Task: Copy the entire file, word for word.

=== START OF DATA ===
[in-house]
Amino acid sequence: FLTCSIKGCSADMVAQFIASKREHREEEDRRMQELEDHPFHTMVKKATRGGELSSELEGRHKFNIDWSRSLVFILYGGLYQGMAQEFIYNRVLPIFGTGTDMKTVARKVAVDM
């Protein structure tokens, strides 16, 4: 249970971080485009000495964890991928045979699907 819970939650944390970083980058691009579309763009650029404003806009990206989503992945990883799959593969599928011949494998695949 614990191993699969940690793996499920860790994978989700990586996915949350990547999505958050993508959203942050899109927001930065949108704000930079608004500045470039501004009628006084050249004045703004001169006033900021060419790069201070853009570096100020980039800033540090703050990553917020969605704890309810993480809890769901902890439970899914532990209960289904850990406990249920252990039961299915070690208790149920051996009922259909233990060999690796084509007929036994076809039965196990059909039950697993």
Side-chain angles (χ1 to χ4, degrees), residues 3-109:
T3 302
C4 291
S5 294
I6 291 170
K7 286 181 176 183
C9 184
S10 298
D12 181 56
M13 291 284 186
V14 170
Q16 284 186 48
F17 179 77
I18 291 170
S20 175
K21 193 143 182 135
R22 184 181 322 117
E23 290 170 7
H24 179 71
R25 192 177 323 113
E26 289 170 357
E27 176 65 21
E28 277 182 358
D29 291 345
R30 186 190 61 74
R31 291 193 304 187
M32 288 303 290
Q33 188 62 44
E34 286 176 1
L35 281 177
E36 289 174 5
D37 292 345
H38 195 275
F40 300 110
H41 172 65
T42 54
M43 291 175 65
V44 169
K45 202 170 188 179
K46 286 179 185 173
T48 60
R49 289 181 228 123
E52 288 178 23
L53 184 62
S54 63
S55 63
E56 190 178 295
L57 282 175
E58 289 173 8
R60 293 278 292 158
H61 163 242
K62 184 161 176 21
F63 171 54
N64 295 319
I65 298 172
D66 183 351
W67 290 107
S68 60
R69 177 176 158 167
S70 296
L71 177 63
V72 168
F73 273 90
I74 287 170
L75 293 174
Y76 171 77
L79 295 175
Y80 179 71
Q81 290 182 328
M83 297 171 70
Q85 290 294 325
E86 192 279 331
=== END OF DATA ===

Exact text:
[in-house]
Amino acid sequence: FLTCSIKGCSADMVAQFIASKREHREEEDRRMQELEDHPFHTMVKKATRGGELSSELEGRHKFNIDWSRSLVFILYGGLYQGMAQEFIYNRVLPIFGTGTDMKTVARKVAVDM
């Protein structure tokens, strides 16, 4: 249970971080485009000495964890991928045979699907 819970939650944390970083980058691009579309763009650029404003806009990206989503992945990883799959593969599928011949494998695949 614990191993699969940690793996499920860790994978989700990586996915949350990547999505958050993508959203942050899109927001930065949108704000930079608004500045470039501004009628006084050249004045703004001169006033900021060419790069201070853009570096100020980039800033540090703050990553917020969605704890309810993480809890769901902890439970899914532990209960289904850990406990249920252990039961299915070690208790149920051996009922259909233990060999690796084509007929036994076809039965196990059909039950697993």
Side-chain angles (χ1 to χ4, degrees), residues 3-109:
T3 302
C4 291
S5 294
I6 291 170
K7 286 181 176 183
C9 184
S10 298
D12 181 56
M13 291 284 186
V14 170
Q16 284 186 48
F17 179 77
I18 291 170
S20 175
K21 193 143 182 135
R22 184 181 322 117
E23 290 170 7
H24 179 71
R25 192 177 323 113
E26 289 170 357
E27 176 65 21
E28 277 182 358
D29 291 345
R30 186 190 61 74
R31 291 193 304 187
M32 288 303 290
Q33 188 62 44
E34 286 176 1
L35 281 177
E36 289 174 5
D37 292 345
H38 195 275
F40 300 110
H41 172 65
T42 54
M43 291 175 65
V44 169
K45 202 170 188 179
K46 286 179 185 173
T48 60
R49 289 181 228 123
E52 288 178 23
L53 184 62
S54 63
S55 63
E56 190 178 295
L57 282 175
E58 289 173 8
R60 293 278 292 158
H61 163 242
K62 184 161 176 21
F63 171 54
N64 295 319
I65 298 172
D66 183 351
W67 290 107
S68 60
R69 177 176 158 167
S70 296
L71 177 63
V72 168
F73 273 90
I74 287 170
L75 293 174
Y76 171 77
L79 295 175
Y80 179 71
Q81 290 182 328
M83 297 171 70
Q85 290 294 325
E86 192 279 331